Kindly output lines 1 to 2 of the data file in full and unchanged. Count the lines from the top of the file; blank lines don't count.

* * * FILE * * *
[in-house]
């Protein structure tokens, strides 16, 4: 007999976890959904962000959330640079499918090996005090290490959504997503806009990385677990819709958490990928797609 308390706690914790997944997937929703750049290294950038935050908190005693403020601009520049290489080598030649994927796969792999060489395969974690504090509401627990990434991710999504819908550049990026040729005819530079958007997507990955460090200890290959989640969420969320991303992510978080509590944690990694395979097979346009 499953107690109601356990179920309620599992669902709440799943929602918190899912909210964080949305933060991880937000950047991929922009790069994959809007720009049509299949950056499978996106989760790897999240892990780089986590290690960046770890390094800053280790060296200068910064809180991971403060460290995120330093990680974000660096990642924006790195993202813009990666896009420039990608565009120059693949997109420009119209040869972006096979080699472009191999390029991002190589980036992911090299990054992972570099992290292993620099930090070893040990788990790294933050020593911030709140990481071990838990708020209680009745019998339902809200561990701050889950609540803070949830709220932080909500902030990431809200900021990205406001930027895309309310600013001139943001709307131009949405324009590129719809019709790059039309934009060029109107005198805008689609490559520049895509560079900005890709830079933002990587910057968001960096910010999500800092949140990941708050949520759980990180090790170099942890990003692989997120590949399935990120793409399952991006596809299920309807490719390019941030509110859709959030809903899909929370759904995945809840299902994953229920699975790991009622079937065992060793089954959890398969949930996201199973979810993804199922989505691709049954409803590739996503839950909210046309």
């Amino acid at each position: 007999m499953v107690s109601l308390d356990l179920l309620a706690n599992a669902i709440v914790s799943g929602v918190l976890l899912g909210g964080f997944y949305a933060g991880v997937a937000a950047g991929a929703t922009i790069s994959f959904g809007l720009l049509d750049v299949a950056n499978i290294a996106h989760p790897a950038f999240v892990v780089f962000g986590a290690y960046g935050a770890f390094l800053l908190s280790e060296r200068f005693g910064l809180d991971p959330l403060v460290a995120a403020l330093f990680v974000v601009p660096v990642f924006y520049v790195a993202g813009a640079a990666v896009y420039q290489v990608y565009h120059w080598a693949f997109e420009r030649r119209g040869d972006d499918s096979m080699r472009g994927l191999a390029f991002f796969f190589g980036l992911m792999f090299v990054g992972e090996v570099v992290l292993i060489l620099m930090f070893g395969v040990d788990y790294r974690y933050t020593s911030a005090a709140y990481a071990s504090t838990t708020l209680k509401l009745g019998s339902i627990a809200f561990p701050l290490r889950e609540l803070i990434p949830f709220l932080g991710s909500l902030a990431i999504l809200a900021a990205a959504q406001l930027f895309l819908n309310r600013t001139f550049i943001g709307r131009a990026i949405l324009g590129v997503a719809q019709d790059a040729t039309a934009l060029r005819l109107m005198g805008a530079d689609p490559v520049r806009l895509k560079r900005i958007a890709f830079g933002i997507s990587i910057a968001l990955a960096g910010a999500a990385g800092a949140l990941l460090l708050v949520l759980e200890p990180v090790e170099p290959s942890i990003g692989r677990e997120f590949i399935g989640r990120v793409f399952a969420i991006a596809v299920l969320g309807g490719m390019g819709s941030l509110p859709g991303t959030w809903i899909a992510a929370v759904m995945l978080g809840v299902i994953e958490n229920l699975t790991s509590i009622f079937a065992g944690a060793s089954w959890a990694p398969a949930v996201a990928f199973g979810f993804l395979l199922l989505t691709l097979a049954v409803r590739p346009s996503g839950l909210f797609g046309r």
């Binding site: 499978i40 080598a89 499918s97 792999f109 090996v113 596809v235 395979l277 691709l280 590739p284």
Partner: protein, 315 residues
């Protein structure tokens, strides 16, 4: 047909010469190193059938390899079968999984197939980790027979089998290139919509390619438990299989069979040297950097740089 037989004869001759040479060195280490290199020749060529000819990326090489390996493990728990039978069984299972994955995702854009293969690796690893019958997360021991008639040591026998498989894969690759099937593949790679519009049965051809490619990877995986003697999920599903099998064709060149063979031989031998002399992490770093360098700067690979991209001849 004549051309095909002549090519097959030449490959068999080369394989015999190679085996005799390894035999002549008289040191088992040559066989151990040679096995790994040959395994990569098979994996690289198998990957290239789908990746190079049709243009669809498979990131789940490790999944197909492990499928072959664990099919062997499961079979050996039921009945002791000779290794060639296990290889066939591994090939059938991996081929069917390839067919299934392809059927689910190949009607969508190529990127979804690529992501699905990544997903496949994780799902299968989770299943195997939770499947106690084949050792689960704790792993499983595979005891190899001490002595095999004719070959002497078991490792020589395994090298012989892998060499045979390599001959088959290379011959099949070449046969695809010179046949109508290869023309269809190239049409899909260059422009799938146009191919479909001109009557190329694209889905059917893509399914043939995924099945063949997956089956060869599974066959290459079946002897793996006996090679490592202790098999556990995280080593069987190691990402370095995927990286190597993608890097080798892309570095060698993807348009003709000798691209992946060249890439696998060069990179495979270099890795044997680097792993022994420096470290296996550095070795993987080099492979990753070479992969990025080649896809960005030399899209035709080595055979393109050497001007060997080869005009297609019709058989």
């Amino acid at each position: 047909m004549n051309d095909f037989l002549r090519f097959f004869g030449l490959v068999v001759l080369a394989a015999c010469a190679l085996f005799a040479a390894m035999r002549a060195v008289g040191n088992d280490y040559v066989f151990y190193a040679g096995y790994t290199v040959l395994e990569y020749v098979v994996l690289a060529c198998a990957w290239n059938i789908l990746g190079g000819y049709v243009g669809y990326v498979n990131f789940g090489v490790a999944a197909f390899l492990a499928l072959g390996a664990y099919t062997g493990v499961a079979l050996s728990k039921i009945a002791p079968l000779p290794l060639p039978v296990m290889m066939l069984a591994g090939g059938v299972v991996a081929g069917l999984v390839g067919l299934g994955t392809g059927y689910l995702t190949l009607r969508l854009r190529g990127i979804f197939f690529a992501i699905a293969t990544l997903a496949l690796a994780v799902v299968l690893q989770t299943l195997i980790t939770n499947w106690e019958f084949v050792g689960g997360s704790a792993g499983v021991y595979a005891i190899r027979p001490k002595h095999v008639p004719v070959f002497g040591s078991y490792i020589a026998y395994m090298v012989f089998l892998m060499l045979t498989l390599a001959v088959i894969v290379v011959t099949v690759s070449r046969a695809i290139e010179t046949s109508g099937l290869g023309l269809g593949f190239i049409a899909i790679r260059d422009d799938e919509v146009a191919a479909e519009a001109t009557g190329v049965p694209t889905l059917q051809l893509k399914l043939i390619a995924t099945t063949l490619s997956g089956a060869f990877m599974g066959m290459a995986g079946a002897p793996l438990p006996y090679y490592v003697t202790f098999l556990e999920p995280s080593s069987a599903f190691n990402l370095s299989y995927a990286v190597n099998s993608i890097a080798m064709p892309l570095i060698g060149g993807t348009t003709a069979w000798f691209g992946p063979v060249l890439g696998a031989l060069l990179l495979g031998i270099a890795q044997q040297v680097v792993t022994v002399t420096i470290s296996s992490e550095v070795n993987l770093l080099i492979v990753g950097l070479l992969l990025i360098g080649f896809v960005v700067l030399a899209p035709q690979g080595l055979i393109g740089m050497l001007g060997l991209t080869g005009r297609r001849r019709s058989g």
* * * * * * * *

[in-house]
């Protein structure tokens, strides 16, 4: 007999976890959904962000959330640079499918090996005090290490959504997503806009990385677990819709958490990928797609 308390706690914790997944997937929703750049290294950038935050908190005693403020601009520049290489080598030649994927796969792999060489395969974690504090509401627990990434991710999504819908550049990026040729005819530079958007997507990955460090200890290959989640969420969320991303992510978080509590944690990694395979097979346009 499953107690109601356990179920309620599992669902709440799943929602918190899912909210964080949305933060991880937000950047991929922009790069994959809007720009049509299949950056499978996106989760790897999240892990780089986590290690960046770890390094800053280790060296200068910064809180991971403060460290995120330093990680974000660096990642924006790195993202813009990666896009420039990608565009120059693949997109420009119209040869972006096979080699472009191999390029991002190589980036992911090299990054992972570099992290292993620099930090070893040990788990790294933050020593911030709140990481071990838990708020209680009745019998339902809200561990701050889950609540803070949830709220932080909500902030990431809200900021990205406001930027895309309310600013001139943001709307131009949405324009590129719809019709790059039309934009060029109107005198805008689609490559520049895509560079900005890709830079933002990587910057968001960096910010999500800092949140990941708050949520759980990180090790170099942890990003692989997120590949399935990120793409399952991006596809299920309807490719390019941030509110859709959030809903899909929370759904995945809840299902994953229920699975790991009622079937065992060793089954959890398969949930996201199973979810993804199922989505691709049954409803590739996503839950909210046309």